Complex TVMain MenuIntroductionVideos for IntroductionComplexity in ContextBeginningsVideos for Chapter 2AuthorshipCharactersComprehensionEvaluationSerial MelodramaOrienting ParatextsTransmedia StorytellingEndsVideo GalleryTable of ContentsJason Mittell06e96b1b57c0e09d70492af49d984ee2f68945deNew York University Press
DEXTER introduces Rudy as the mysterious killer, but his relationship to Dexter only makes sense in retrospect
12015-03-13T13:39:07-07:00Jason Mittell06e96b1b57c0e09d70492af49d984ee2f68945de13501Upon first viewing, the familial dynamics at play between Dexter and Rudy are not apparent, requiring rewatching to understand Rudy's true motives and emotions.plain2015-03-13T13:39:07-07:00Critical Commons2006VideoDexter season 1Showtime2015-03-13T20:17:31ZJason Mittell06e96b1b57c0e09d70492af49d984ee2f68945de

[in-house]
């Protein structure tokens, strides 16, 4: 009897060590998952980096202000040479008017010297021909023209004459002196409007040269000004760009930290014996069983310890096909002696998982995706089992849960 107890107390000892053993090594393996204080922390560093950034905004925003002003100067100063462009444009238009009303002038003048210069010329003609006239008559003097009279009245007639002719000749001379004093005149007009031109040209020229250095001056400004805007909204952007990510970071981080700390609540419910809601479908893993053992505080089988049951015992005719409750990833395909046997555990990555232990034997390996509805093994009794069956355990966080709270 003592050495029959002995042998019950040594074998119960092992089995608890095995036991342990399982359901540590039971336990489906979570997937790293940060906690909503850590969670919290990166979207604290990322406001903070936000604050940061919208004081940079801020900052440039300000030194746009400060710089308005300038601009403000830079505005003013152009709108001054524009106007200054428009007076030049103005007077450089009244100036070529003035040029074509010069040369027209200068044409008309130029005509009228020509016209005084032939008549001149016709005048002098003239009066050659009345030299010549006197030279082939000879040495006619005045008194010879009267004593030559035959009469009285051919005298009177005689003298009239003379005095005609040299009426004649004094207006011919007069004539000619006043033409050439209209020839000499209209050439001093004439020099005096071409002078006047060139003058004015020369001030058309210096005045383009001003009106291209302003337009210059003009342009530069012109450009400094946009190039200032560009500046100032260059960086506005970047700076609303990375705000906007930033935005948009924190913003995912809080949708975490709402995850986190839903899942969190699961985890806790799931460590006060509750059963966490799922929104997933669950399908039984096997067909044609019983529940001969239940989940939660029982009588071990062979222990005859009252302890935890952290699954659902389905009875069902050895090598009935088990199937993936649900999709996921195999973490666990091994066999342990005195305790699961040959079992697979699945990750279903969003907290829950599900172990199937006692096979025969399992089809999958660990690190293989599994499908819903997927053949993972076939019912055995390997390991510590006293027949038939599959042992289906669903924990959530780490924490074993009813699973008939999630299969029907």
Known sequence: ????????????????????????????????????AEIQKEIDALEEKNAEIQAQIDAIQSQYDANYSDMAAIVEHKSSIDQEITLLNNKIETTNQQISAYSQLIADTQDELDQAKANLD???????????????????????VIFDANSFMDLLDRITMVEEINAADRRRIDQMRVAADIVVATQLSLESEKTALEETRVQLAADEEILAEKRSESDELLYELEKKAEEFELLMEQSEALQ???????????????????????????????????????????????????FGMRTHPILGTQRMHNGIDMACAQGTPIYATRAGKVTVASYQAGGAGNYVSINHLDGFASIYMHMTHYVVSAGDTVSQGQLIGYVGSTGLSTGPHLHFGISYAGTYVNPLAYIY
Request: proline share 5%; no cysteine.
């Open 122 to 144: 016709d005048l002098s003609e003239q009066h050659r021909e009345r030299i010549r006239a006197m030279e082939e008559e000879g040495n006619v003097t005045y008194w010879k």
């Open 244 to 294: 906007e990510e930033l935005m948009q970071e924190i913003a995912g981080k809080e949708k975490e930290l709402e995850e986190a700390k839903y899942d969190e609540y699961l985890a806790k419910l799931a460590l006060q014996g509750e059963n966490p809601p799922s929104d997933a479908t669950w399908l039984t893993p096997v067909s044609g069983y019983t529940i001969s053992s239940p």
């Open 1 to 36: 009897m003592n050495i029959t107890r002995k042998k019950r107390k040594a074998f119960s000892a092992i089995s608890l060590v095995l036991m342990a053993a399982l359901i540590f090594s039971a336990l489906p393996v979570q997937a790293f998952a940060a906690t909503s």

12015-03-13T13:18:31-07:00p. 179: DEXTER3plain2015-03-13T13:40:30-07:00This tight alignment shifts in episode 8, “Shrink Wrap,” when we learn something Dexter does not: that Rudy, Debra’s new boyfriend, is the Ice Truck Killer. In the subsequent episodes, Rudy seems creepily obsessed with Dexter for reasons that only we understand (at least partially). This knowledge shift alters the narrative intrigue away from the curiosity question of the killer’s identity and toward anticipation of what will happen down the road—by allowing us to know more about Rudy than Dexter or Debra do, we start to anticipate their potential jeopardy and notice hidden motivations in Rudy’s behavior. This dynamic is especially effective in episode 9, “Father Knows Best,” when Dexter discovers that he inherited a house from his biological father and travels there to uncover pieces of his past. Rudy convinces Deb to join Dexter, and we watch Rudy insert himself into Dexter’s emotional life, building on the established game that the two killers have been playing. We watch these episodes with the assumption that we have the essential knowledge about Rudy and his twisted motivation and that our position as more knowledgeable than Dexter provides anticipatory pleasures, expecting the emotional and violent payoff when Dexter discovers that the killer has been lurking around his sister. The season finale, “Born Free,” does pay off this anticipation but raises the stakes even more when we learn that Rudy and Dexter are long-separated brothers, a revelation that pulls all of the Ice Truck Killer’s actions into focus, providing clear motivation as to why he was tweaking Dexter’s past and repressed memories and how he knew more about Dexter’s history than Dexter himself did. Dexter uses these differentials in narrative knowledge to drive the serial narrative forward via suspense, anticipation, and curiosity. However, the revelation of Rudy and Dexter’s shared parentage is more complex than just a surprise twist, as it turns our attention back- ward toward the mechanics of storytelling that drive the narrative, shifting focus on the characters and their relationships to offer more depth and complexity in light of this new knowledge.